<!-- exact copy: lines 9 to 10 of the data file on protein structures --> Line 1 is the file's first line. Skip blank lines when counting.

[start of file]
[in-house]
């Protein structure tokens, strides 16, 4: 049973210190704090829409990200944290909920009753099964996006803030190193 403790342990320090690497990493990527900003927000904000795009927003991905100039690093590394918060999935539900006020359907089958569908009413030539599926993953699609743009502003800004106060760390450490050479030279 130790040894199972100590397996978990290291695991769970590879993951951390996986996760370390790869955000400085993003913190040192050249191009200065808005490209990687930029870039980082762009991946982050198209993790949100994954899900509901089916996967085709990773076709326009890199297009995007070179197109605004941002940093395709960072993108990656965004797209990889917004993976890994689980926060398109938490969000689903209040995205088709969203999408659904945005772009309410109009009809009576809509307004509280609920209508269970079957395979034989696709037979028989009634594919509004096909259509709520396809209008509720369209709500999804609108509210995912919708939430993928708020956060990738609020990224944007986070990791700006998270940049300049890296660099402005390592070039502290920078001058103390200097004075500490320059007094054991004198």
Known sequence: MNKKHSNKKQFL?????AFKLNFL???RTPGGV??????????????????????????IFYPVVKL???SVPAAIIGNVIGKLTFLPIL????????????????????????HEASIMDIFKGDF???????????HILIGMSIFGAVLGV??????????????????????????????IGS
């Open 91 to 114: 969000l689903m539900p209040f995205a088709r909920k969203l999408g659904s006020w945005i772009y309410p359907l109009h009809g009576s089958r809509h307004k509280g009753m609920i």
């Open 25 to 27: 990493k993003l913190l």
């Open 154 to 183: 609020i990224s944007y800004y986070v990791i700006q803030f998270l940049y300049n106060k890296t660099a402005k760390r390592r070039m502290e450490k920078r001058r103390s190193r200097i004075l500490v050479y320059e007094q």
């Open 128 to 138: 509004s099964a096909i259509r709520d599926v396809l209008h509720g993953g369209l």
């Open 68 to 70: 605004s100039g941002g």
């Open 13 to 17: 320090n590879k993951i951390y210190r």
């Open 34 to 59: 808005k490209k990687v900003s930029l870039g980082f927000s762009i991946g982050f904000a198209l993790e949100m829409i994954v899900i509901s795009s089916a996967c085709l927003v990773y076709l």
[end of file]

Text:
């Open 13 to 17: 320090n590879k993951i951390y210190r």
């Open 34 to 59: 808005k490209k990687v900003s930029l870039g980082f927000s762009i991946g982050f904000a198209l993790e949100m829409i994954v899900i509901s795009s089916a996967c085709l927003v990773y076709l």